Influence of Patient Setting and Dedicated Limb Salvage Efforts on Outcomes in Charcot-Related Foot Ulcer.Int J Low Extrem Wounds. 2019 Dec; 18(4):362-366.IJ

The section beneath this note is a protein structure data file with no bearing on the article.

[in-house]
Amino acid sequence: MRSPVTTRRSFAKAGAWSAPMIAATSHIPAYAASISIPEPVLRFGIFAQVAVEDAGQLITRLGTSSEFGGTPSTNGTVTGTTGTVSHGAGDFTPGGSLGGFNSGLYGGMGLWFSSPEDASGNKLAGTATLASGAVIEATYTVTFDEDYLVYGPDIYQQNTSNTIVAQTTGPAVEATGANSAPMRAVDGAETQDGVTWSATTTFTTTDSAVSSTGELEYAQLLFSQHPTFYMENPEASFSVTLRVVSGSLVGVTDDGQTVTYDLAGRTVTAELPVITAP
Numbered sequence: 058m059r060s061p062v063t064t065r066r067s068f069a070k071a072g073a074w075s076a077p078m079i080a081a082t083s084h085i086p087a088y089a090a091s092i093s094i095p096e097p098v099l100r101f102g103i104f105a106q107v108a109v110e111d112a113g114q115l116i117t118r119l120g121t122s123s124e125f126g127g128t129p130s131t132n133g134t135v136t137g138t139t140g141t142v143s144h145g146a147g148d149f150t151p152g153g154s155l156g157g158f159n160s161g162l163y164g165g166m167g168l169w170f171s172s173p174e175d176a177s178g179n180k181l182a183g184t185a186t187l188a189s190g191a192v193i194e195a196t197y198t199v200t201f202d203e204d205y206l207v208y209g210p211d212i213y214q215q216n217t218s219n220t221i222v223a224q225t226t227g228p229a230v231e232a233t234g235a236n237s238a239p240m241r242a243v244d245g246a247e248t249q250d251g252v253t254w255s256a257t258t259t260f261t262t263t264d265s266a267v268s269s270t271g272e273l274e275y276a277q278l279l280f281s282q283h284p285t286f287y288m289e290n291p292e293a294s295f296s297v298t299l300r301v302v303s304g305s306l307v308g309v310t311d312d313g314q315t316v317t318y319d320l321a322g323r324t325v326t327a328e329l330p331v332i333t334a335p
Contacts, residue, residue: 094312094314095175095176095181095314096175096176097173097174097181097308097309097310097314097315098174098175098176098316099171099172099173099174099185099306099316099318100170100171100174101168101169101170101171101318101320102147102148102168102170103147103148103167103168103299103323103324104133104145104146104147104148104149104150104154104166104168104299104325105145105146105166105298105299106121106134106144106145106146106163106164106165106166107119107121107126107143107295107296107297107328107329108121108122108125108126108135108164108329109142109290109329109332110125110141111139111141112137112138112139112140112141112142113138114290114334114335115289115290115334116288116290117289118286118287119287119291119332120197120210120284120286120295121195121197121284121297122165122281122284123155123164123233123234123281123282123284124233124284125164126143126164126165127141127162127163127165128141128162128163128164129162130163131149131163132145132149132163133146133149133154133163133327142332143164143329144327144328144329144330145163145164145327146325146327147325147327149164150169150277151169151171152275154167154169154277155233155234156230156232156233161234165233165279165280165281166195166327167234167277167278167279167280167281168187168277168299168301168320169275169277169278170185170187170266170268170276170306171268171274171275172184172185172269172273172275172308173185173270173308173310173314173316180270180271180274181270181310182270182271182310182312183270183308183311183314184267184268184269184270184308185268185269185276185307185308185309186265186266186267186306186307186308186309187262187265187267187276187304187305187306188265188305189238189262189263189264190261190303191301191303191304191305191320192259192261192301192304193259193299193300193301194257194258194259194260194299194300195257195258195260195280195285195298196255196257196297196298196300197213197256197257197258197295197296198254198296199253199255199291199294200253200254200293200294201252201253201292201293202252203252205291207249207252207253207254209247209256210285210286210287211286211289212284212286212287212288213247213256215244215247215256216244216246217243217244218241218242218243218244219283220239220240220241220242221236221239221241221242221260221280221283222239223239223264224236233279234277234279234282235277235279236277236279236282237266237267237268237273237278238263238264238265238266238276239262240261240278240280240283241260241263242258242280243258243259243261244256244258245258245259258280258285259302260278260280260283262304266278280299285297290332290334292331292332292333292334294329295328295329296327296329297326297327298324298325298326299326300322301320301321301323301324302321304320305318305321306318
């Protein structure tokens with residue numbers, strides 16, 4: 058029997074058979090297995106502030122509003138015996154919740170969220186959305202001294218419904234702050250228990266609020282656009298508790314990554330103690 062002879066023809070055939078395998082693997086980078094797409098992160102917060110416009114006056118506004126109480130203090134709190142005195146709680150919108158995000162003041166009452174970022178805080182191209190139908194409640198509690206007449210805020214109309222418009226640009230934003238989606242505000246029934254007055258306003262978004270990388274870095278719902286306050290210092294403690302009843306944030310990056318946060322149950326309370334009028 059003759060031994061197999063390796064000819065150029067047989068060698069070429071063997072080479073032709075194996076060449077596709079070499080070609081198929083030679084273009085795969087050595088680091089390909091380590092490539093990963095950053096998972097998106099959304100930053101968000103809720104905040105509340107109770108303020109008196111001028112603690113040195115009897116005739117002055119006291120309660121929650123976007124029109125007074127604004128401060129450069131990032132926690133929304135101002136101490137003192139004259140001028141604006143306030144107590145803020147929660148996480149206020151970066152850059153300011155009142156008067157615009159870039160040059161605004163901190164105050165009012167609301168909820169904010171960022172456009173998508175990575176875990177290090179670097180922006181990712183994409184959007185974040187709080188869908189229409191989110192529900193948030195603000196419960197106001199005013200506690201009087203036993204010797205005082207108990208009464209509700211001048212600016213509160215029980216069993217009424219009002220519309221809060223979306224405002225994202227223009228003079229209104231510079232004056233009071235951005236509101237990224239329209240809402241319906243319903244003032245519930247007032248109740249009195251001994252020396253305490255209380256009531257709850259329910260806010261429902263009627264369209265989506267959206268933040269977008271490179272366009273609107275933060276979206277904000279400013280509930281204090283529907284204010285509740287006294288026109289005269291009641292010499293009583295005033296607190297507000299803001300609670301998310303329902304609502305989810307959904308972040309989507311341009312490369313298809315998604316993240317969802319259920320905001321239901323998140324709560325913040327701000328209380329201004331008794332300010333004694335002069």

Charcot neuroarthropathy is a devastating consequence of diabetes mellitus and peripheral neuropathy. Because of its rarity, the condition is often misdiagnosed or poorly managed. When misadventure occurs, patients with Charcot neuroarthropathy can suffer ulceration, infection, amputation, and death. When patients have Charcot-related foot ulcers, the risks are amplified. Utilizing advanced electronic medical record analysis, a 30-month investigation was undertaken to determine if patients with diabetes mellitus and a concomitant diagnosis of Charcot-related foot ulcer were at greater risk of complications because of location setting of initial treatment for their condition. Charcot foot-related ulcers that are diagnosed in the outpatient setting had established foot specialist care. The outpatient management of the condition lead to a significant reduction in the amount of admissions to a higher acuity setting. However, patient outcomes did not vary once established and dedicated limb salvage efforts were employed. In this large contemporary population managed in a tertiary health system, patients with Charcot-related foot ulcer had negative outcomes when they were initially treated in an inpatient setting and had a significantly greater likelihood of readmission as compared with individuals who had established focused limb salvage care.